About midway through Steve Earle's recently published novel, I'll Never Get Out of This World Alive — a grim, mystical journey to San Antonio in 1963 that is part Bound to Glory and part Breaking Bad — country icon Hank Williams strives to explain himself.
It's Williams' ghost, but he inhabits the pages of Earle's story in a manner that is eerily earthly.
"I'm only here because it's your dream," Williams tells the book's morphine-addled protagonist, Doc Ebersole. "And you're dreamin' that you're back in Louisiana, and in Louisiana I was alive. That is ... if you call this livin'."
The scenario summoned a recollection from the 2003 Earle biography Hardcore Troubadour (subtitled The Life and Near Death of Steve Earle). It's a passage where Earle, in the depths of crack addiction in 1994, is visited by his muse, Texas songsmith Townes Van Zandt, himself a merchant of more than a few nasty habits, in a last-ditch intervention.
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"I must be bad if they're sending you," Earle tells the iconic inspiration who, 15 year later (and more than a dozen years after his death) would inspire Townes, Earle's most recent Grammy- winning album.
Art imitating life? More like the afterlife imitating a near-death reckoning. For Earle, it all becomes part of a musical tapestry that draws on tradition, politics, love, war, salvation and more than a little irony. He emphasized irony when he played a sold-out concert at the Lexington Opera House two summers ago by pointing out that although Townes was one of his best-received recordings, it was the only one in which he didn't write any of the songs.
Earle returns to the Opera House this week on another artistic crest. It comes on the heels of a new recording, also titled I'll Never Get Out of This World Alive. The names and nuances differ from the written page to the recorded groove, but the themes of mortality and, as Earle writes in the liner notes, "death as a mystery rather than a punctuation mark," are largely the same.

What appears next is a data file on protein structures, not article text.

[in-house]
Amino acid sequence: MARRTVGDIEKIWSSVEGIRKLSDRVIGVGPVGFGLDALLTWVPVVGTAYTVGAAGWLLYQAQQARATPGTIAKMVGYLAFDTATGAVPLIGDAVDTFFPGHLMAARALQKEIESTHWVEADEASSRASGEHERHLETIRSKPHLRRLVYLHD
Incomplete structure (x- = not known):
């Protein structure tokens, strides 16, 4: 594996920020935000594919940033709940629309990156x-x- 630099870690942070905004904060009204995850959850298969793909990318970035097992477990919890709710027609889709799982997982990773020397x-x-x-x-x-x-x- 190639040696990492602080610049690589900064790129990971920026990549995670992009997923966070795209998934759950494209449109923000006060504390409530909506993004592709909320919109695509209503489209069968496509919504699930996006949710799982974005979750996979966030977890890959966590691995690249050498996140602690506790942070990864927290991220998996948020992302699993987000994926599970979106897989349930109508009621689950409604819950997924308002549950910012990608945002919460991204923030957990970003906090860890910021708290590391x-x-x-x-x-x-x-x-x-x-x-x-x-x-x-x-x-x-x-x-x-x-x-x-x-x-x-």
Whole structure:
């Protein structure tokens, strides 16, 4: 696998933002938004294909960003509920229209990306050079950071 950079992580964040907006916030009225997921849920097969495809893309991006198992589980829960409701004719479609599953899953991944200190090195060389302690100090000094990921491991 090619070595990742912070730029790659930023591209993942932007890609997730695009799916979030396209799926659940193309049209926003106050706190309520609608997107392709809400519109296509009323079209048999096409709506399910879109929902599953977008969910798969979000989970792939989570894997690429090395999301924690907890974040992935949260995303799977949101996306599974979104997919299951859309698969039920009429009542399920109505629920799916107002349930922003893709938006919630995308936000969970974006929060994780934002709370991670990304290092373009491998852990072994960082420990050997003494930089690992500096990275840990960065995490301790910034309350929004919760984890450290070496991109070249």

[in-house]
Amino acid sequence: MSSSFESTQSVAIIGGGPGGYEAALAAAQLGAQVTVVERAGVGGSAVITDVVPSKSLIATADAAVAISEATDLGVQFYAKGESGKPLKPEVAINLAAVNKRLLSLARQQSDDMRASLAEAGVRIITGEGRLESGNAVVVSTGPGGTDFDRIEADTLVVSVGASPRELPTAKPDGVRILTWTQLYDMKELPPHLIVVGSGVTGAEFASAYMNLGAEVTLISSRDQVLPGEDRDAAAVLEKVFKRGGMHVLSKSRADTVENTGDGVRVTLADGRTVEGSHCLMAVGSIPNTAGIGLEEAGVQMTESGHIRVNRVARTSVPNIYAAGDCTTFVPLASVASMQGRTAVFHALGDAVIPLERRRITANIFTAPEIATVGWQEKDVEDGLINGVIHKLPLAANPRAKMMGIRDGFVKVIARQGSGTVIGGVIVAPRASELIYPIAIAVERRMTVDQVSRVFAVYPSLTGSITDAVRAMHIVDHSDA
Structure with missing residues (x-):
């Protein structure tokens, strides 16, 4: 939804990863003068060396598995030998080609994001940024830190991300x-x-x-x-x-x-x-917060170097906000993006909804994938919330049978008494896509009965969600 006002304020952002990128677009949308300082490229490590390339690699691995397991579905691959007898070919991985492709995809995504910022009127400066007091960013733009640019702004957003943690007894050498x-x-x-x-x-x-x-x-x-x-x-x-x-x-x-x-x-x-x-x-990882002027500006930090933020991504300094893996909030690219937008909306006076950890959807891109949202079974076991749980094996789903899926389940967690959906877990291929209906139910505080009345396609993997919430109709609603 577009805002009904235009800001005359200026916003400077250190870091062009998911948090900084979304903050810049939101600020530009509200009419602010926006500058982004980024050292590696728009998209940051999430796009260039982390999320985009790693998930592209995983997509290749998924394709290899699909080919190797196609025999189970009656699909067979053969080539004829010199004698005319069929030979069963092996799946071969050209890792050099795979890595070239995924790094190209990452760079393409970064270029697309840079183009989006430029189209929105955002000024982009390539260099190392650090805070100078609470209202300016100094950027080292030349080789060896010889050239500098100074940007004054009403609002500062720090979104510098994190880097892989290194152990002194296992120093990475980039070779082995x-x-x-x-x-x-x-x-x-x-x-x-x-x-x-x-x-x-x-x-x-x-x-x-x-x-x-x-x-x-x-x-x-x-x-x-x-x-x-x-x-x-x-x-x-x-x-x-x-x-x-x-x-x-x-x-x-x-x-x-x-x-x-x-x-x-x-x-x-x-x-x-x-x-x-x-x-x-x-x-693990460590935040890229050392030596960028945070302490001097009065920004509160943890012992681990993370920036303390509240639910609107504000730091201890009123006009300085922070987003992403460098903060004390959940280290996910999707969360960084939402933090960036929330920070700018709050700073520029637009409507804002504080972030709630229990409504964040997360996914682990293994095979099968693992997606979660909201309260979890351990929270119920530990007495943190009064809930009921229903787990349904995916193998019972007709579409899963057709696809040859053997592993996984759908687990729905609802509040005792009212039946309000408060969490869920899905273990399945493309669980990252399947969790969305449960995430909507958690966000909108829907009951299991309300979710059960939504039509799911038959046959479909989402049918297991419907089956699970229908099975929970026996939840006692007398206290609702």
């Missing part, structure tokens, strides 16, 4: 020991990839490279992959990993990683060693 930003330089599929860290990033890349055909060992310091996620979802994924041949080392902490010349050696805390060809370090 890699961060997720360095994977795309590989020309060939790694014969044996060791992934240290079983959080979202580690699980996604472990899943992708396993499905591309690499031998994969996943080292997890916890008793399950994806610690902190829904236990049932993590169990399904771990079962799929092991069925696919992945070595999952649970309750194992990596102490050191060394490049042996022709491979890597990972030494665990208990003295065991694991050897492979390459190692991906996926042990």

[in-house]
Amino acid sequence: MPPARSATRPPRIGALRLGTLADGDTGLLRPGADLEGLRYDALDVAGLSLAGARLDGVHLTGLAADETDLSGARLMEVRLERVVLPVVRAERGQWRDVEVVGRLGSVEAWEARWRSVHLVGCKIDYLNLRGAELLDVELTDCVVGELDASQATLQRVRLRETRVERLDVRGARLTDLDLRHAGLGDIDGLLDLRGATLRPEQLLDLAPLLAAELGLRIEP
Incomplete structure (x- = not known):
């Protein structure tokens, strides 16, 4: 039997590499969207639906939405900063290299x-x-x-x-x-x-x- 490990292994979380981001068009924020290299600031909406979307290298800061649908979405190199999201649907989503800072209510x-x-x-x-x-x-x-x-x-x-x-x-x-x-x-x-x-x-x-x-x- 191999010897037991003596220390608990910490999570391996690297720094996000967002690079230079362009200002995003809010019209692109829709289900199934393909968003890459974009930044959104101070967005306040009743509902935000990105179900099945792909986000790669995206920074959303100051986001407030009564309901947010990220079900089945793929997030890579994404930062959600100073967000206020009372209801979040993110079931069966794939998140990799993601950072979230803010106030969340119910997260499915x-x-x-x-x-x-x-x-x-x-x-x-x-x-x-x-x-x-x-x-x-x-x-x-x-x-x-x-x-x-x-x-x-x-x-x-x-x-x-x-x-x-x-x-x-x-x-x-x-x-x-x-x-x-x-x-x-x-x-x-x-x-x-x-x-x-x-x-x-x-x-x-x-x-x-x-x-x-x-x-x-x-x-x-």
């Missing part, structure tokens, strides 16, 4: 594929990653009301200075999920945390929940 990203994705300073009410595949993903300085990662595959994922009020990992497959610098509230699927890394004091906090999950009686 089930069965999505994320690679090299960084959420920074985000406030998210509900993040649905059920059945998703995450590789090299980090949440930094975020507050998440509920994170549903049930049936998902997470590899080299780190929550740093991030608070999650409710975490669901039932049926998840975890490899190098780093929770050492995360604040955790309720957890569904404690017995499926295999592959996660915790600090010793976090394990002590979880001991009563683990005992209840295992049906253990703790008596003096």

Earle pulls out the big guns for the album. T Bone Burnett was enlisted as producer (a major shift, because Earle has produced or co-produced all of his music since 1987's landmark Exit 0), horns charts were arranged and conducted by the great New Orleans musical ambassador Allen Toussaint (including the regal brass that brings the Treme affirmation This City to life at the album's conclusion), and a vast backup ensemble includes a host of gifted contemporaries (Nickel Creek's Sara Watkins; longtime Burnett rhythm henchmen Dennis Crouch and Jay Bellerose; even Earle's wife, acclaimed singer-songwriter Allison Moorer).
But the songs all have a ghostly intimacy to them, from the roughneck legacy riding shotgun through the sea chanty-charged The Gulf of Mexico to the chronicles of an immigrant laborer striving for identity, dignity and freedom in I Am a Wanderer.
Ghosts and spirits — Earle seems to be surrounded by them. In real life, Earle's father died in late 2007, just as he began writing the songs from I'll Never Get Out of This World Alive.
My father "died at the age of 74," Earle told the British newspaper The Telegraph in March. "But the last few months when he was ill was a period when I was thinking a lot about the themes that would come out in the book and the record. Both are about the same things, really, and that's why they have the same title. I was trying to push the poetics of the lyrics as far to the right of the decimal point as possible."
Then come the make-believe spirits. In his most recent pretend-life on the extraordinary HBO drama series Treme, Earle played a character named Harley Watt who unexpectedly (and violently) met his demise on the second season's finale, which aired last month.
"I had a hint in the off-season," Earle told the New Orleans Times-Picayune in June. "I sent David (Simon, Treme's creator/producer) an email. I was just being paranoid and trying to make sure I had a job, saying, 'Hey, do I have a job this season?' And I got an email back saying, 'Yeah, we'll work you in, but we have a sad story planned for you. You're going to make people cry."
Luckily, Earle's Lexington return will be a more joyous occasion. Unlike his Lexington concerts in 2008, when he was accompanied by a DJ, and 2009, a solo acoustic show, Tuesday's concert will mark the return — or rather revision — of his longstanding band, The Dukes.
On the Opera House stage will be an essentially new lineup that features onetime Son Volt guitarist George Masterson; Masterson's violinist/mandolinist wife, Eleanor Whitmore; Moorer, who also was a support player on the 2008 and 2009 shows; and two Duke mainstays, bassist Kelly Looney and drummer Will Rigby. The music, true to the atmosphere of I'll Never Get Out of This World Alive, will resemble the hoedown-style Americana of Earle's new songs more than the rock-heavy staples favored by The Dukes of yesteryear.
In short, if ghosts do indeed sing sad Western songs, they had better be set for a merry revival on Tuesday.